Frequently Asked Questions for Online Classes
Convenience and flexibility are the most common advantages of online classes. Taking classes online is ideal for someone who wants to continue working while earning a master’s degree. Online classes allow you to fit school into your schedule when it's convenient for you.
The time you spend on a class can vary. No two instructors will format their classes exactly the same. Plan to spend 6-12 hours a week on one class. The number of credits per class varies by course.
Online classes are delivered using a learning management system, called Desire2Learn. Students log into Desire2Learn and can select their course sites. Once a student is in their course site, they can access lectures, PowerPoint, emails, assignments, readings, documents, videos, links, discussion boards, their advisor and the assignment dropbox.
All students attend three online Professional Development seminars. Through this virtual experience, you will meet your academic advisor and most program faculty. This enhances the relationship throughout the M.H.A. degree, as you will always have a face to connect with the name. Professors are very accessible and responsive to students. Students and instructors communicate primarily through course sites and emails in online courses. Some instructors utilize Adobe Connect or Skype for class chats or conference calls.
Through the online Professional Development seminars, you will develop relationships with other students who are beginning their M.H.A. degree. While you may not progress at exactly the same pace as other students as in a true cohort program, you will find yourself among familiar faces throughout your degree. There is quite a bit of interaction between other students including group assignments, online discussion forums, online posting boards, reading reflections and class discussions.
Yes, group projects are often a part of online courses. Students are grouped together and given a topic to investigate. The intent is for the students to work together electronically to accomplish their goals. Often, groups prepare and give PowerPoint presentations electronically by emailing each other draft versions, and then posting the final product to the student discussion board. Students are often divided into groups or learning communities to discuss questions or cases developed by the faculty. By dividing students into small groups (versus entire class) the faculty can facilitate students getting to know each other better and achieve a higher level of interconnectivity.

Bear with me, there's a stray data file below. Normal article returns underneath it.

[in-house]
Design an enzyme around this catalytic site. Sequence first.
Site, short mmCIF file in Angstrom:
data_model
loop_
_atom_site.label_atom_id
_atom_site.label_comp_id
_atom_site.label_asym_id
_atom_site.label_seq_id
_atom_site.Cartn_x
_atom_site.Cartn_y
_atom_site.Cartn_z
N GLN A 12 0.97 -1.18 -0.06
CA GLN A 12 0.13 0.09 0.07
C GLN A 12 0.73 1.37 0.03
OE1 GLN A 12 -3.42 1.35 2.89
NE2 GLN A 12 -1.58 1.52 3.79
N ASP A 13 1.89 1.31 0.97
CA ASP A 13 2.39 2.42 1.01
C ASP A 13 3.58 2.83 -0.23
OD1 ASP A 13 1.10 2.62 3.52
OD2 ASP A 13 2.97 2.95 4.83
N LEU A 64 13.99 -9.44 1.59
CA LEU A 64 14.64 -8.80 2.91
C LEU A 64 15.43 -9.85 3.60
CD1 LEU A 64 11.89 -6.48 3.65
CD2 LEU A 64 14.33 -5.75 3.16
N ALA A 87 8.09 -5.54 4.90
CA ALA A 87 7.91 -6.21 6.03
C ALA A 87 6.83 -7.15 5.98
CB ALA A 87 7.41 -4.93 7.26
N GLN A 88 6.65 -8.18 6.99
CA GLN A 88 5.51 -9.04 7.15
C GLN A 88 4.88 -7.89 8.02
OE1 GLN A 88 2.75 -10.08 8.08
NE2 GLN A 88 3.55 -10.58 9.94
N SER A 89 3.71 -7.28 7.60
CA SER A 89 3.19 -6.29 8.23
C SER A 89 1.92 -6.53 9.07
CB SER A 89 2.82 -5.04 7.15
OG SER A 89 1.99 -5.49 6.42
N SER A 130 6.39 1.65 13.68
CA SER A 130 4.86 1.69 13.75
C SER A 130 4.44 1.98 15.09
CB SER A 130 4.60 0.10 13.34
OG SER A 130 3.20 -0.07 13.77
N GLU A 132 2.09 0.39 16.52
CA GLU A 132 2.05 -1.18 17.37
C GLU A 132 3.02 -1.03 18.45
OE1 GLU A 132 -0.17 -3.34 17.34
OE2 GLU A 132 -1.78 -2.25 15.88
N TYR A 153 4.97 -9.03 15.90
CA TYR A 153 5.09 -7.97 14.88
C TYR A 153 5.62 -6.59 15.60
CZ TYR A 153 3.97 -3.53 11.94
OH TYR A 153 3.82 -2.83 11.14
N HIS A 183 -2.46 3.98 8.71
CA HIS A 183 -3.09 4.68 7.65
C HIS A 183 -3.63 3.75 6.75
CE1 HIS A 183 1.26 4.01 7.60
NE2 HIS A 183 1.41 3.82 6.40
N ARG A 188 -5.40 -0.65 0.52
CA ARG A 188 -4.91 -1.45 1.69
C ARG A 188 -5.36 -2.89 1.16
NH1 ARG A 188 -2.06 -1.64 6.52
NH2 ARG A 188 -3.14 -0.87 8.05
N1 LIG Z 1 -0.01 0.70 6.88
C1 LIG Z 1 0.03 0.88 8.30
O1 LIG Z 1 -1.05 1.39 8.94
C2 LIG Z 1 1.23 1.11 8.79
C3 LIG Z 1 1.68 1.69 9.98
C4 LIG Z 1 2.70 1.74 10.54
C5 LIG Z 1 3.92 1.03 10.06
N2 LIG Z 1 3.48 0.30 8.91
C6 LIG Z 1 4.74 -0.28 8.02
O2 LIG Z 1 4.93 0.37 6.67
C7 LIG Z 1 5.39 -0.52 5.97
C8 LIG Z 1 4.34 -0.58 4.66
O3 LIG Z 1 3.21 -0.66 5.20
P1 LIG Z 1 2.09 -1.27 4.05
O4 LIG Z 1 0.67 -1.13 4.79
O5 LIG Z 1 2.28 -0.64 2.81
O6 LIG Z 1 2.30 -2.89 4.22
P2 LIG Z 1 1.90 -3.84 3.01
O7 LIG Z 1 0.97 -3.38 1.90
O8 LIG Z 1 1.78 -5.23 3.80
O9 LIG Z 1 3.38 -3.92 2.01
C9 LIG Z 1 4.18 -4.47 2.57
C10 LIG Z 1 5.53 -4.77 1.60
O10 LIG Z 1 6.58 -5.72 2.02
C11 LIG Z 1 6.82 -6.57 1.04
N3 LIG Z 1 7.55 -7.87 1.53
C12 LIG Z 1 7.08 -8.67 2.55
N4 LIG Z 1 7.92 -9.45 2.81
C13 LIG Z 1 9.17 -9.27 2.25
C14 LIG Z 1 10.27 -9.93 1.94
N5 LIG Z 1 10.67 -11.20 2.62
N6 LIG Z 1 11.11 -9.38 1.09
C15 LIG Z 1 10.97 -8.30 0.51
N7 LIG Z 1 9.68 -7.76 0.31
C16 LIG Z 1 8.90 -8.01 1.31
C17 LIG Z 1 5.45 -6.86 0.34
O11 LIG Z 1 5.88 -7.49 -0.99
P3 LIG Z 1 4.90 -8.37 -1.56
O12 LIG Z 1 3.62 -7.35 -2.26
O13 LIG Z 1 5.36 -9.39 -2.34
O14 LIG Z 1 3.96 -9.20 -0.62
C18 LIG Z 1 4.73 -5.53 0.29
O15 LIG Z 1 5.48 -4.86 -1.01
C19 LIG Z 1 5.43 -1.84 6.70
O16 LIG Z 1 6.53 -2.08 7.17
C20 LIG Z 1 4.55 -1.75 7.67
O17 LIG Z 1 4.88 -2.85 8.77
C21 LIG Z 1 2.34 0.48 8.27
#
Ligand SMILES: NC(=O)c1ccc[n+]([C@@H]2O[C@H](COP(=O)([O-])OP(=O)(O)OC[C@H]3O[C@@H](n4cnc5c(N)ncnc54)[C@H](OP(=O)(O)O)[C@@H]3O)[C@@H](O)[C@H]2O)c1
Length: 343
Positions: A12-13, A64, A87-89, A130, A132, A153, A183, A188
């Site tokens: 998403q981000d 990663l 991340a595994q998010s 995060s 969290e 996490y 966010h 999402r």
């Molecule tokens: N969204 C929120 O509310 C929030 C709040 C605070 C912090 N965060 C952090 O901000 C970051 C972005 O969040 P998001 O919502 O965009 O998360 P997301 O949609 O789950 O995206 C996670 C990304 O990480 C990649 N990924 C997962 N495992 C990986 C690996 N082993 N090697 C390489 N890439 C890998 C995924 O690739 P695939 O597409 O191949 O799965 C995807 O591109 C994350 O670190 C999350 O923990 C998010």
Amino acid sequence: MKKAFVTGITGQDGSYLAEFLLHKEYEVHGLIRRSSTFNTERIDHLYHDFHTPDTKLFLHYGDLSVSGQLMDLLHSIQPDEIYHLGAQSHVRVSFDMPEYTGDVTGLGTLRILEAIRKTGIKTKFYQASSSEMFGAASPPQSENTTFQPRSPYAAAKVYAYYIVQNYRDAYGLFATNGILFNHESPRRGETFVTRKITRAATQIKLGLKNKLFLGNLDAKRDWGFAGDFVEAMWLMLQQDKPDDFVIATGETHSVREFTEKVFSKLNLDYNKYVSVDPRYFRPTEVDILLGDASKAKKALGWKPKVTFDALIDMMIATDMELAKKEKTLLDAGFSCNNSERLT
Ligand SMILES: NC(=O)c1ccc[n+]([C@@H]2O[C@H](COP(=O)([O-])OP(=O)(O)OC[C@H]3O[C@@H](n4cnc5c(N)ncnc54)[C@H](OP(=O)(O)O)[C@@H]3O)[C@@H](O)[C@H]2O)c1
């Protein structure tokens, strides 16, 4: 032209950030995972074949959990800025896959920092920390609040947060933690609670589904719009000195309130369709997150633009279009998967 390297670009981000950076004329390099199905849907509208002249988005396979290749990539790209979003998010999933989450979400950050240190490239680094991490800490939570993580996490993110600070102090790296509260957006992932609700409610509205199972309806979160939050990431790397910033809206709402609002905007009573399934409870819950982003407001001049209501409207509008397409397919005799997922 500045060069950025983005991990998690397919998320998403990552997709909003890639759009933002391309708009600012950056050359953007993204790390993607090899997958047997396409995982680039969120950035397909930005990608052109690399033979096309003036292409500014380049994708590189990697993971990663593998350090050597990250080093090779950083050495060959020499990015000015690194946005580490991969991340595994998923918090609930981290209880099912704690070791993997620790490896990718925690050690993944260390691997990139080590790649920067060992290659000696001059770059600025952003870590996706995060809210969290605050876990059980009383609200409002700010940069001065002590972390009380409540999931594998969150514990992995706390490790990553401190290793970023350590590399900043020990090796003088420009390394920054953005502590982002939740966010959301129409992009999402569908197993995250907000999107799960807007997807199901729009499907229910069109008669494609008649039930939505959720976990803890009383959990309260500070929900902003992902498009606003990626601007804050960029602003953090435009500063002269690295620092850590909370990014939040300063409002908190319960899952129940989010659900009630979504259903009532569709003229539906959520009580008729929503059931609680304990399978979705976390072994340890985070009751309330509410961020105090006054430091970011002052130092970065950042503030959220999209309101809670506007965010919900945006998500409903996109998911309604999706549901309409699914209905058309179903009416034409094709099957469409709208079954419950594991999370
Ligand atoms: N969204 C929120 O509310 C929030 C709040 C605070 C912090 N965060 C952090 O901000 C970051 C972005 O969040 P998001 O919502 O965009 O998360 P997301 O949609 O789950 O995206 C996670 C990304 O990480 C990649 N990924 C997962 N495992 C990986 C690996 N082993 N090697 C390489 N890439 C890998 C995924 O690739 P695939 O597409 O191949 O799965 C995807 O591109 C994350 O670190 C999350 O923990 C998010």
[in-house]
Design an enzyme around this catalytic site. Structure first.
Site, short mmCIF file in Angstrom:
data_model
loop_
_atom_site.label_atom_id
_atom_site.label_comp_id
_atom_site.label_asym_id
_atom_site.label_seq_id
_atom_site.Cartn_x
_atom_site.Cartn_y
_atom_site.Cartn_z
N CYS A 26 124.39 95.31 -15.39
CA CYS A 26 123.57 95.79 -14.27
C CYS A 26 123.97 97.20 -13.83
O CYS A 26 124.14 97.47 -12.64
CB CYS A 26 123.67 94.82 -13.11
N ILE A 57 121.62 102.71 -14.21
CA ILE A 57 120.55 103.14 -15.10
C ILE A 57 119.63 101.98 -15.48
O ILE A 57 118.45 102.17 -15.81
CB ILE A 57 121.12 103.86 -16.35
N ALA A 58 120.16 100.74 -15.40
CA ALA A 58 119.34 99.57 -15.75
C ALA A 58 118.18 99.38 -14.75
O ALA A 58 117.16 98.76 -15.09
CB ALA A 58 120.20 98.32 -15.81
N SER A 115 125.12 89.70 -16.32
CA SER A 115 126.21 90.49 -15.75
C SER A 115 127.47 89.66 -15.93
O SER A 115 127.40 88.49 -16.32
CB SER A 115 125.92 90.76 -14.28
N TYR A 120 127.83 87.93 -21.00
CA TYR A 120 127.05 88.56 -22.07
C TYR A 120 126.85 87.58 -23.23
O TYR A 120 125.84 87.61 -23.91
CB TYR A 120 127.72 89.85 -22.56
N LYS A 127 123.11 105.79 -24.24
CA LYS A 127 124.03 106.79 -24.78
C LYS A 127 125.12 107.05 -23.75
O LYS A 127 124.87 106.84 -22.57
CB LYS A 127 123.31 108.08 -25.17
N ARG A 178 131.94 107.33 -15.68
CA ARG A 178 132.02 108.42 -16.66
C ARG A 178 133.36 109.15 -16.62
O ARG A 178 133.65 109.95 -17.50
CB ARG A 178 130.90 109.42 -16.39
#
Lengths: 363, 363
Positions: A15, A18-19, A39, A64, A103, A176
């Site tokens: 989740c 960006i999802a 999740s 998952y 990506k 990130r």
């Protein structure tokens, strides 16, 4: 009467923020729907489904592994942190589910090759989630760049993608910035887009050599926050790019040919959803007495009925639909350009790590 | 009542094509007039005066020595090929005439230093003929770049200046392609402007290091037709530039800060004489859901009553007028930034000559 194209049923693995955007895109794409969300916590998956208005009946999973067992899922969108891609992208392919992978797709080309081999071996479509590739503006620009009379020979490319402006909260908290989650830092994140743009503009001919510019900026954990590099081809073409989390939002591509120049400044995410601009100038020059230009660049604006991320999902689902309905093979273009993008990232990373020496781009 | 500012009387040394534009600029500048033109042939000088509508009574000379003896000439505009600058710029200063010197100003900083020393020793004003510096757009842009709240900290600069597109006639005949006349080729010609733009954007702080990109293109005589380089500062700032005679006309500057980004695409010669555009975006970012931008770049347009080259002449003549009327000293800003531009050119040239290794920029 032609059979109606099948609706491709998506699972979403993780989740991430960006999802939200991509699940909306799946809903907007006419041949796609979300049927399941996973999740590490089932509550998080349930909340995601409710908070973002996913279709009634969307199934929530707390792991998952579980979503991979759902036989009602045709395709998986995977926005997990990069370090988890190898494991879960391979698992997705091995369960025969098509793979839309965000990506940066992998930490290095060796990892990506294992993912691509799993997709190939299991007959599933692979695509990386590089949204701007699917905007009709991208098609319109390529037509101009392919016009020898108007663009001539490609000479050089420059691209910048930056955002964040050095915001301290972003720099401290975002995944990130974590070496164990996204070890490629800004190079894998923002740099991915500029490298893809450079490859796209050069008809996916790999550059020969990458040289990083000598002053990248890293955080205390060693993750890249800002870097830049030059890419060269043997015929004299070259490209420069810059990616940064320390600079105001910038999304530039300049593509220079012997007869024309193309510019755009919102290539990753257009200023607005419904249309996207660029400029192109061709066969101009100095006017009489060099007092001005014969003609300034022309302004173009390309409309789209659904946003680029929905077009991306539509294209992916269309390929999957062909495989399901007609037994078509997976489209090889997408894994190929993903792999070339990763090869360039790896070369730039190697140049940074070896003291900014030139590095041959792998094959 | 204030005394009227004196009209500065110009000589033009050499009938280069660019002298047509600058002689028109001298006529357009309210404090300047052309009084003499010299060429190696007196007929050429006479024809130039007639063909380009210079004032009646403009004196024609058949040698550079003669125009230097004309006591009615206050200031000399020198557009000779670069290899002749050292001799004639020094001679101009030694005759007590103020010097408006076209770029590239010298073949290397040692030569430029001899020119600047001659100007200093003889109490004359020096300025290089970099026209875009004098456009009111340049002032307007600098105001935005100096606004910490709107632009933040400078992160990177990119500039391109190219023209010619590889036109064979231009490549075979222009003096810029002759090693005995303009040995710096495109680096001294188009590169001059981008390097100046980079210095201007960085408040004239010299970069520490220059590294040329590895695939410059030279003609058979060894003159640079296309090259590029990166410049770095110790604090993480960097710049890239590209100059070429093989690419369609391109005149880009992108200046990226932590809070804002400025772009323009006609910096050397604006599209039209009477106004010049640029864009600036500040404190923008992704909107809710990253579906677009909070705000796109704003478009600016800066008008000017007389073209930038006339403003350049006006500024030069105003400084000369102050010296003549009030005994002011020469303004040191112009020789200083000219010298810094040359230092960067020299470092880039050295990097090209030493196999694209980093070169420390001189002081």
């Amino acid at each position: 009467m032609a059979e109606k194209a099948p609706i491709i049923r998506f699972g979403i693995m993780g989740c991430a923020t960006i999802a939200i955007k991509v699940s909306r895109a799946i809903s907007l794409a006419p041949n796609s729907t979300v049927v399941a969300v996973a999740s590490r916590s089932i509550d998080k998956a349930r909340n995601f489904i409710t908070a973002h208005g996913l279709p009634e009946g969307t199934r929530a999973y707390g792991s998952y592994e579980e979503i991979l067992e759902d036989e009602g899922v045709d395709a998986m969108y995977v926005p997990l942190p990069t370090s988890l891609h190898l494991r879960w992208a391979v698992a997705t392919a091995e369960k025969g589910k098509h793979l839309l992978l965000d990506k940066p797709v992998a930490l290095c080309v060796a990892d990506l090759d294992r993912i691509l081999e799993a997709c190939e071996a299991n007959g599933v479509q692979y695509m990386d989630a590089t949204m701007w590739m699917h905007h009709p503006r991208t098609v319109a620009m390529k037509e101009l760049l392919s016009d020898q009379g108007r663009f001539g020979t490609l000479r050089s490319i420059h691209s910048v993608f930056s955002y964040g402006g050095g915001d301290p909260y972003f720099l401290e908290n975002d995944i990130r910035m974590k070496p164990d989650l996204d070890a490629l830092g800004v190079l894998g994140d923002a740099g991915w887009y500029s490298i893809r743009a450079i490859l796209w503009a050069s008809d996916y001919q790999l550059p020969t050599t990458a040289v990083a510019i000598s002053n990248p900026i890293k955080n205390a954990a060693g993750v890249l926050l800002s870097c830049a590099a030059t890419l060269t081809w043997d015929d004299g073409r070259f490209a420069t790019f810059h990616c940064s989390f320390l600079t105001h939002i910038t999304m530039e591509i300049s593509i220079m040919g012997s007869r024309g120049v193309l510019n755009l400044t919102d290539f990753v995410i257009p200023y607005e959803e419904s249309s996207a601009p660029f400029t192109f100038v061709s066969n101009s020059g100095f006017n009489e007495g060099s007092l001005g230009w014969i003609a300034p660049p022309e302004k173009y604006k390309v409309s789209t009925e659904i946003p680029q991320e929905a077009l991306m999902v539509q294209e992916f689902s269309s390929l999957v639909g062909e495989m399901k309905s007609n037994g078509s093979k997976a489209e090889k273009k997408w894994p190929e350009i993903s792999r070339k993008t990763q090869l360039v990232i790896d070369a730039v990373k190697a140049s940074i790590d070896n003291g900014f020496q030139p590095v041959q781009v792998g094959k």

Courses are broken into weekly modules consisting of instructor videos, readings, discussion posts, supplemental synchronous activities, and engagement with faculty and other students.
There are assignments due throughout the term, with most courses having papers, presentations, or projects due throughout the term. These assessments are designed to help you develop real-world skills that will be valuable to potential employers.
One of the keys to being a successful online student is self-discipline. Because you are not required to be in class at a specific time you have to be motivated to get the work done on your own. If you have a family and/or a full-time job while you are taking online classes it is important that you establish schedule of when and how you will get your work done.
If you don’t understand an assignment it is important to ask questions for clarification so you don’t fall behind. Instructors make themselves available to students via e-mail, discussions boards, virtual office hours and conference calls.
Online courses are graded just like classroom courses. High-level critical thinking is required, and students leave the course with an understanding of the subject and an ability to apply their knowledge in a real-world setting. Standard assignments include reading the course text and additional materials, active participation in online discussions, quizzes or tests, writing papers etc.
Yes. Many instructors assign tests in their online classes. Students may sign an ethical agreement saying they will not copy or share their exam, and that the person taking the test is the person registered for the course. Tests may be timed, and do not typically allow for open-book responses. Learn more about DMU’s Honor Code.
Online classes at Des Moines University have a specific start and end dates along with due dates for assignments. The programs are not self-paced or independent study.
The academic year is composed of three 12-week semesters (fall, spring and summer). New students are admitted each term. See course calendars.
Students are expected to be confident with their skills regarding standard computer applications for completion of their coursework. You should plan to review our posted technical requirements for a list of the minimum standards of technical equipment and competencies required of students.
The Help Desk (515-271 1522, Help.Desk@dmu.edu) is available most days from 8 a.m. to 8 p.m. CST to address technical problems students may encounter with online classes.
As a medical school and graduate health sciences university, DMU has an extensive system of online library resources available to its students including multiple databases and full text articles. The inter-library loan service allows you to reserve books, order journal articles and receive materials from other libraries.
Online courses require weekly logins and weekly assignment submissions. Students must ensure they are able to meet the course requirements throughout the duration of the semester.
Online classes may include conference calls, online chat rooms or Skype engagements that require a specific time commitment. Students should expect weekly due dates for assignments that require them to participate in the online course throughout the week.